You are ten in 1962 and it’s coming on Christmas. At W.T. Grant’s you buy a one-inch tall plastic nativity scene for a quarter. It looks like the nativity your mother has only much smaller. You don’t think about the religious connotation. You want to shrink and slip inside the manger scene.
At Drug Fair, you touch patterned holiday paper. Your mother can’t afford the fancy paper, but she lets you pick out package tie-ons. Among tiny cotton batting snowmen and pipe cleaner Santa Clauses, you choose nylon angels. Only special presents deserve those angels springing from red bows. You learn how to curl the ends of ribbon with the scissors blade. You get carried away and make spirals two-feet long.
Outside, you go into the woods with one of the angels you took for yourself. You climb up on the fallen tree that is sometimes a hobby horse. Winding the wire around your index finger, you make the angel fly. You whisper secrets. She is your best friend right then. It’s coming on Christmas and you have your very own angel.
Your mother puts out the coffee table decoration: a slab of Styrofoam with bronze and gold reindeer pulling a plastic sleigh. You love those reindeer beyond reason and worry their fragile legs will break from being stabbed in Styrofoam year after year. You let your angel ride on the back of the little silver one.
On payday Fridays your family drives to town. Sitting alone in the backseat you are swallowed by darkness. Then the shopping center bursts on your delighted eye. Peebles has the prettiest windows, everything gold and silver.
You feel the tug of Woolworth’s. As always, you visit the fluttery parakeets first. A toy bird sings in a brass cage. You’d like to have that. And art supplies. And notebooks!
Holiday pins are all the go. Ladies wear them on their coats. Big brooches shaped like Christmas trees with rhinestone ornaments. Your mother has a wreath pin. At Murphy’s, she lets you get a Santa Claus pin—his nose lights up when you pull its string. All the way home, you pull the string. Light. Dark. Light. Dark. Your mother says you’ll burn up the battery and you wish you could keep the cheerful red nose shining all the time.
At the kitchen table you color a page in your “Night Before Christmas” coloring book and wonder how a person settles his brain for a long winter’s nap. You have a new Huckleberry Hound Golden Book, too. When you were little, seven or so, “Huckleberry Hound” was your favorite show.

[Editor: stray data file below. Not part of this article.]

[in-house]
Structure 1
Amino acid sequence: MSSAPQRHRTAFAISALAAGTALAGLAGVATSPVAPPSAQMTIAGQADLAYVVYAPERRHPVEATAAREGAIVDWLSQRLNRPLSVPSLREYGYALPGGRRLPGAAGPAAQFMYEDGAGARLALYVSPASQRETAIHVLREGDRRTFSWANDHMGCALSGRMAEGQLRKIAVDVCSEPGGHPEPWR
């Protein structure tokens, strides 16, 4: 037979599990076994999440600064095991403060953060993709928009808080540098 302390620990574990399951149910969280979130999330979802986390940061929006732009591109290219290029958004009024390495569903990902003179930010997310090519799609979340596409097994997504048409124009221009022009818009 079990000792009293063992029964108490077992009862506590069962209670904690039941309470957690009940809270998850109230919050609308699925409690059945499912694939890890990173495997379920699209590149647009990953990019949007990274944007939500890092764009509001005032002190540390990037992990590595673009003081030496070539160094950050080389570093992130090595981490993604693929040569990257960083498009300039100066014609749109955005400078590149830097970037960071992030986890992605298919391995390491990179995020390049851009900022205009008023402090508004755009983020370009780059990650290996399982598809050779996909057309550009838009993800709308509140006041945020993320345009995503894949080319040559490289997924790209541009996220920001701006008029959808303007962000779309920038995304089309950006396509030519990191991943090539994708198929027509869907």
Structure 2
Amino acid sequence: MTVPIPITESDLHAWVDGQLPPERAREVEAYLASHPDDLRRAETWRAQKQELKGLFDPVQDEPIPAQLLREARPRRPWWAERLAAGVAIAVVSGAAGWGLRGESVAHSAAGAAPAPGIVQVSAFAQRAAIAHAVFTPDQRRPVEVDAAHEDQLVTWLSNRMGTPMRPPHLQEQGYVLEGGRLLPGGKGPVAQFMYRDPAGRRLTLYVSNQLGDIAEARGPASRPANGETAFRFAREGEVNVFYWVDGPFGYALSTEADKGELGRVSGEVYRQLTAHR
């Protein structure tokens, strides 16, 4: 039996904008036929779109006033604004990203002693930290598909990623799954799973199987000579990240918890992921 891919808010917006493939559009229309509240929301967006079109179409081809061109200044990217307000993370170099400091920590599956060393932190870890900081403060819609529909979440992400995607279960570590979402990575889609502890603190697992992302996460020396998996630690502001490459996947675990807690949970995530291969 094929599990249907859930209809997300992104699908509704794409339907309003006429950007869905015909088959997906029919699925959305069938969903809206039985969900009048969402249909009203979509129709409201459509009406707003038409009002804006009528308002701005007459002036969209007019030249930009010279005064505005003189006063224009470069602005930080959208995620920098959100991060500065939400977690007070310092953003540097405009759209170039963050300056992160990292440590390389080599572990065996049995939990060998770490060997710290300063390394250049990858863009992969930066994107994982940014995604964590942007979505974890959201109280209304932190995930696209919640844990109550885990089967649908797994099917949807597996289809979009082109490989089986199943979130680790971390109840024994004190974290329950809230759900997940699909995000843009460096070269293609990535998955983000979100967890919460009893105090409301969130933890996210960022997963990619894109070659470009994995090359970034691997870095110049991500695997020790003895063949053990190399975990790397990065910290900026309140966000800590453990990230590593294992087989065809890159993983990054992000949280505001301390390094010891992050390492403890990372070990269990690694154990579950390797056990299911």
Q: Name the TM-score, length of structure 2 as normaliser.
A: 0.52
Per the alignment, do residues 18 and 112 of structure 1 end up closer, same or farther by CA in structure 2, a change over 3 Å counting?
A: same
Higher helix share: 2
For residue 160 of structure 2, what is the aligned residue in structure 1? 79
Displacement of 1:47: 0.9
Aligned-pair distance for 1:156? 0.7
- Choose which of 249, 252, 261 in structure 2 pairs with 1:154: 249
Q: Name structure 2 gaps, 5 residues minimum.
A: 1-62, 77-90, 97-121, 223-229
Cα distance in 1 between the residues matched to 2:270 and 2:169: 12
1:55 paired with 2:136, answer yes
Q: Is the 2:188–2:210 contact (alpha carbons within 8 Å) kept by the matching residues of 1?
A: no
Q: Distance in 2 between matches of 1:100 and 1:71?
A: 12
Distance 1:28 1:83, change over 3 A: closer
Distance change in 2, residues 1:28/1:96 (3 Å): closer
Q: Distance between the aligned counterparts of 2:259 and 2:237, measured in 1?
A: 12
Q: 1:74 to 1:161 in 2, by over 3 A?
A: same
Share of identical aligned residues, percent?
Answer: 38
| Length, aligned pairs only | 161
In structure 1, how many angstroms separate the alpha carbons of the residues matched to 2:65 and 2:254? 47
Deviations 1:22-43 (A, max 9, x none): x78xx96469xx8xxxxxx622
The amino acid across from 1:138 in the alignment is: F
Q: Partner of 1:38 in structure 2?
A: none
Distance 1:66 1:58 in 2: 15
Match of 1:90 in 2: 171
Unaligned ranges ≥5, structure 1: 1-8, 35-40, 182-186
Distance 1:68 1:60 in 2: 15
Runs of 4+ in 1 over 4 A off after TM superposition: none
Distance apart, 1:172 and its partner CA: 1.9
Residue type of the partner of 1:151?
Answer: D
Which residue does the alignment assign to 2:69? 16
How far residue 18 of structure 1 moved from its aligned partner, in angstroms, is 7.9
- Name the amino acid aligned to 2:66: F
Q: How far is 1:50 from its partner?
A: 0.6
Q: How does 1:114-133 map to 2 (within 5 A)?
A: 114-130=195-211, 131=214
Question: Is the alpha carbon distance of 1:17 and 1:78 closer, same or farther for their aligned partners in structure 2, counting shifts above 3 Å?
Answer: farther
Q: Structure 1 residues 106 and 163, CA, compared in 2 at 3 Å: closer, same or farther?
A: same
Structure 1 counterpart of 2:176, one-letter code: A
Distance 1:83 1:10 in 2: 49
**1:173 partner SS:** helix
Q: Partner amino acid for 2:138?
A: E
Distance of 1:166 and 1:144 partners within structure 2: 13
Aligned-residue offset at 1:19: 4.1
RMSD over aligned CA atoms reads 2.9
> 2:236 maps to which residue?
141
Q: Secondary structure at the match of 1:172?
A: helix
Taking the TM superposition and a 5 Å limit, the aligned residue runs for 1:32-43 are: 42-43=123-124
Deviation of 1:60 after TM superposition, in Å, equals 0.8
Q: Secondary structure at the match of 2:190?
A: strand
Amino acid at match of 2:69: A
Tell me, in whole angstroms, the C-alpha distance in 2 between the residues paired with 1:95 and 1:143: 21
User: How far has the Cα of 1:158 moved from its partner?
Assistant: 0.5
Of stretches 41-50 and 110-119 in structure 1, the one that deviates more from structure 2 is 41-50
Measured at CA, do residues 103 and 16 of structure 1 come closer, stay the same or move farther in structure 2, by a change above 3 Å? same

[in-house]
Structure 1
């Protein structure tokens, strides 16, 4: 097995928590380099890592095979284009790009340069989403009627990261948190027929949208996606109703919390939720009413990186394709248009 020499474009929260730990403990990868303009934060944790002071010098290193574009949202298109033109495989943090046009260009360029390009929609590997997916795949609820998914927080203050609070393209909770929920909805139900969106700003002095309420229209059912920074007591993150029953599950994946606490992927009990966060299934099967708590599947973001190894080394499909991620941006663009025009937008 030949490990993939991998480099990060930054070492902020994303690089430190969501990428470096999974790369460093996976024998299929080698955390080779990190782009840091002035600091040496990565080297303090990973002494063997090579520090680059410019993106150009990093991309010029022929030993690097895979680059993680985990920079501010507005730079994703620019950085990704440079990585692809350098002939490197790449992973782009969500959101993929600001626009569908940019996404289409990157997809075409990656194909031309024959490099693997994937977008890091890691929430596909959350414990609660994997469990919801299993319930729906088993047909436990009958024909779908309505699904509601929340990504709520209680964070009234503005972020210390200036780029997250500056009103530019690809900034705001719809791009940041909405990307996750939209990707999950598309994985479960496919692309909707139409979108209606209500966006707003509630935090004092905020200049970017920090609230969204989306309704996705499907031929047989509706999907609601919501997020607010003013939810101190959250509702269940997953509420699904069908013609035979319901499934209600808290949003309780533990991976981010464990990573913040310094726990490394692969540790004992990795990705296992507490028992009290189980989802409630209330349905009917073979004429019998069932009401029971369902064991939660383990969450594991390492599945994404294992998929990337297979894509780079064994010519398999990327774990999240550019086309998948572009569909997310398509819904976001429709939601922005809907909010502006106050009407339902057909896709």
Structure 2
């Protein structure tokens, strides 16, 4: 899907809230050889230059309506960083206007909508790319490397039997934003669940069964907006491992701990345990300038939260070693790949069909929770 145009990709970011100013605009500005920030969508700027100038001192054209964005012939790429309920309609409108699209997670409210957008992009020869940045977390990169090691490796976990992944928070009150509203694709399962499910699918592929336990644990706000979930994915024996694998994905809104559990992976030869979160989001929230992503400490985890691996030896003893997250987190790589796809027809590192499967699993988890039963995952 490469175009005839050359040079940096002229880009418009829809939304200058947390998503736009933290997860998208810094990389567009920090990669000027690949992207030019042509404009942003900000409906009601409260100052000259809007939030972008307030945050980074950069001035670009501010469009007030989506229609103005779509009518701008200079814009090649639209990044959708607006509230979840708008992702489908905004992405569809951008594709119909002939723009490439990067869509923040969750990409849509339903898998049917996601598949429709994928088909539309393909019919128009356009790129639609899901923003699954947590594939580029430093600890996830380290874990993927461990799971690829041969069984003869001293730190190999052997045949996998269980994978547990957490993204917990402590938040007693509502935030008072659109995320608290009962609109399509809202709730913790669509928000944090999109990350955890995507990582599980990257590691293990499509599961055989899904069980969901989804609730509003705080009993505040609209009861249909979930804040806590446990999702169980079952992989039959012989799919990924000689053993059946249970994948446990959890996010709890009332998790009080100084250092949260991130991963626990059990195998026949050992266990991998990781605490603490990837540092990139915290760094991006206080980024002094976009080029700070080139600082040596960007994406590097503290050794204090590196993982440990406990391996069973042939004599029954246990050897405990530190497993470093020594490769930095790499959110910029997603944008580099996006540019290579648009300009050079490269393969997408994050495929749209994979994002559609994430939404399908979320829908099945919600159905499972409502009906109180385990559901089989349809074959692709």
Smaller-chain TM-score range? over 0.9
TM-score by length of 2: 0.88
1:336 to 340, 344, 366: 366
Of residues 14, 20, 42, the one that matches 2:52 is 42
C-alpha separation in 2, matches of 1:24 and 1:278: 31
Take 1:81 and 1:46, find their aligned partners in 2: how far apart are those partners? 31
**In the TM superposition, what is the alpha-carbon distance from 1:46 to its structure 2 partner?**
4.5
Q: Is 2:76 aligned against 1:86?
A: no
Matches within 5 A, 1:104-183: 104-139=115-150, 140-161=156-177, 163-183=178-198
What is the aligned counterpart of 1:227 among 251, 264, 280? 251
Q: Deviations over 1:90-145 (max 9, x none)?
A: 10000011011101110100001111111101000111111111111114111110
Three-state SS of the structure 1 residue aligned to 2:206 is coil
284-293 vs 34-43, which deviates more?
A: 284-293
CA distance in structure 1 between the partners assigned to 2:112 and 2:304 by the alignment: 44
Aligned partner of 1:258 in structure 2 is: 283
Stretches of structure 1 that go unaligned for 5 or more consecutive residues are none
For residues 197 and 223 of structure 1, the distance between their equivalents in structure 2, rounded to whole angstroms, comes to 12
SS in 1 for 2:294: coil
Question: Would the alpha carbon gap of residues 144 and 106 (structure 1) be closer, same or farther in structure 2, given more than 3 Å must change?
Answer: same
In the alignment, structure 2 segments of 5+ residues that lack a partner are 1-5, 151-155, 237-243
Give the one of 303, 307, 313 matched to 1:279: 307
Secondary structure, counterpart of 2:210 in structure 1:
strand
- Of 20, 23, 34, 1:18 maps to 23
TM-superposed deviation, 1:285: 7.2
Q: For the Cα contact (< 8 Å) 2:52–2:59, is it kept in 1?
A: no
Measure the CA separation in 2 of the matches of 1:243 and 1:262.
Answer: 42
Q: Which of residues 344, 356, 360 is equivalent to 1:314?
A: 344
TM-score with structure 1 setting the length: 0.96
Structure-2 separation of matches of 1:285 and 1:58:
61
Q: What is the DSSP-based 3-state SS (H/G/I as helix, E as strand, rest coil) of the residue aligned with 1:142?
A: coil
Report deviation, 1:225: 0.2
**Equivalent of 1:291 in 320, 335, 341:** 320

Friday night, a brand-new program is on, “Mr. Magoo’s Christmas Carol.” You sit on the floor in front of the TV and watch. Your mother is in the kitchen. Your stepfather is still at his second job. At first you are afraid of those ghosts taking Scrooge around. Old Scrooge visits his kid self. He is left in boarding school over Christmas and misses his sister. Old Scrooge and kid Scrooge sing “I’m All Alone in the World.” Your sister is gone, too. The living room feels very lonely and you wish Scrooge would hurry up and visit some other time in his life.
Cards arrive in batches every day. Your mother pegs them to a red-and-white line stretched across the mantle with tiny red clothespins. Numbers are popular. “Merry Christmas from the Five of Us!” “Holiday Greetings from the Four Snowmen!” The card your mother sends to friends doesn’t have a number. You receive a card from grandparents you have never seen. You sign a little snowman card from one of your stuffed animals to another.
In 1954, a Christmas card was sent from Paris, France, to Pennsylvania. It was read and displayed and then stored in a box of letters that you were given many years later.
You inherited many treasures from your mother-in-law, who died just before you married her son. The German putz houses are nearly a hundred years old. When you decorate for Christmas, the putz houses are unpacked first. The celluloid parrots are hung in places of honor. Ornaments from your husband’s family are mingled with decorations from your family.
As you arrange these old things left in your care, you think about your husband stationed on an army microwave tower in France the Christmas you were two years old. And how years and miles shrank until you were both in the same scene.
The angel granted your wish. It’s coming on Christmas.